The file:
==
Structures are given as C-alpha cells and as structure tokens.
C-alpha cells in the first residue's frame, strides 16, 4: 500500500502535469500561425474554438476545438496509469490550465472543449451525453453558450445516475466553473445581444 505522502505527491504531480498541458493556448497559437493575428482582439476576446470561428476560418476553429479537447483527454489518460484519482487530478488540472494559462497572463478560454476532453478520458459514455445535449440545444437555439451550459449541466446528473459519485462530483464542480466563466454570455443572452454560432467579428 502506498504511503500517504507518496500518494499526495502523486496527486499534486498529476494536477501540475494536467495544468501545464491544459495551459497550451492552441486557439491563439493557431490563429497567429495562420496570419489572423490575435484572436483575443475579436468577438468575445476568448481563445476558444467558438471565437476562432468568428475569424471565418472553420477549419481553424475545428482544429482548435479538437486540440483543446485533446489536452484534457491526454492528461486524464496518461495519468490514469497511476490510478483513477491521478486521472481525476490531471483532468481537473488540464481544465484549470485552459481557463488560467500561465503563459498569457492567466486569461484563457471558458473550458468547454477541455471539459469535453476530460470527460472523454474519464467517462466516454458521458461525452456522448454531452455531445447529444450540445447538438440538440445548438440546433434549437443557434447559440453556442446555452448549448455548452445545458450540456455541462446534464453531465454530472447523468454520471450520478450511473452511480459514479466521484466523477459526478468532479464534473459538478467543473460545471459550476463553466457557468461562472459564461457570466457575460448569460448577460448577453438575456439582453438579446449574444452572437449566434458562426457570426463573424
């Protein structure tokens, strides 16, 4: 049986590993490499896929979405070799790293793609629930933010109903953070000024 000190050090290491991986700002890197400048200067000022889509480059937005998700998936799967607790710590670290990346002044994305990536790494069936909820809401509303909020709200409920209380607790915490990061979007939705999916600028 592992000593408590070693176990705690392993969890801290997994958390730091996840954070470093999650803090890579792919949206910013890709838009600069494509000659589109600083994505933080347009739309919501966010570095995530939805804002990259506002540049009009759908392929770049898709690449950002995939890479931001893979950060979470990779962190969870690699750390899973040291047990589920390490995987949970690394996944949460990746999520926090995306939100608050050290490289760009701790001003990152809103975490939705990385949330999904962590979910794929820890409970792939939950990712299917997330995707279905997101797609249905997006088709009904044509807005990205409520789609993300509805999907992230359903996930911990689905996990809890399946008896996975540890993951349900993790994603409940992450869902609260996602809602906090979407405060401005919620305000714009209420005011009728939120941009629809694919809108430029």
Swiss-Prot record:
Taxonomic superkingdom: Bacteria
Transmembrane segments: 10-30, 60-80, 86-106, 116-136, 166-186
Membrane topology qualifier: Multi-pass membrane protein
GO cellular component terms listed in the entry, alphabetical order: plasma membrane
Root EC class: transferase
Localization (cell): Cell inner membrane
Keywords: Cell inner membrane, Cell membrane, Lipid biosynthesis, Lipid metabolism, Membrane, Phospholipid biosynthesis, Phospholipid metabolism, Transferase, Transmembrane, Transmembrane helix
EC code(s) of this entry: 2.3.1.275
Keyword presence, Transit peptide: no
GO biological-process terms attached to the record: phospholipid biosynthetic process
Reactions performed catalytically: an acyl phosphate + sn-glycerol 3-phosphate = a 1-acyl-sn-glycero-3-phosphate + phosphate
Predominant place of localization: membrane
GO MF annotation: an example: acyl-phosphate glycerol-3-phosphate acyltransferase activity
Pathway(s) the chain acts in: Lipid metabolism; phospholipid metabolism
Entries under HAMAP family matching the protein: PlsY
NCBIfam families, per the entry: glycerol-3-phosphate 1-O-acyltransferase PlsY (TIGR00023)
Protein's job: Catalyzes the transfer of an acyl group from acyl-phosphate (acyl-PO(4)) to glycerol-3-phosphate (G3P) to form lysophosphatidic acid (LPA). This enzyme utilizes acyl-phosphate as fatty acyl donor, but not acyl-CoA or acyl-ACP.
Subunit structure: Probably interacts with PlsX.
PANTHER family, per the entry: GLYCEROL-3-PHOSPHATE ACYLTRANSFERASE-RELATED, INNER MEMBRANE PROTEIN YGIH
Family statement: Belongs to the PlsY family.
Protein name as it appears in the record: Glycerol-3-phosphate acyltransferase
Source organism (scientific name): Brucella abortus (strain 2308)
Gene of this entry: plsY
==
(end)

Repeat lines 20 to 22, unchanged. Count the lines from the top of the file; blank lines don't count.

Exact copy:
NCBIfam families, per the entry: glycerol-3-phosphate 1-O-acyltransferase PlsY (TIGR00023)
Protein's job: Catalyzes the transfer of an acyl group from acyl-phosphate (acyl-PO(4)) to glycerol-3-phosphate (G3P) to form lysophosphatidic acid (LPA). This enzyme utilizes acyl-phosphate as fatty acyl donor, but not acyl-CoA or acyl-ACP.
Subunit structure: Probably interacts with PlsX.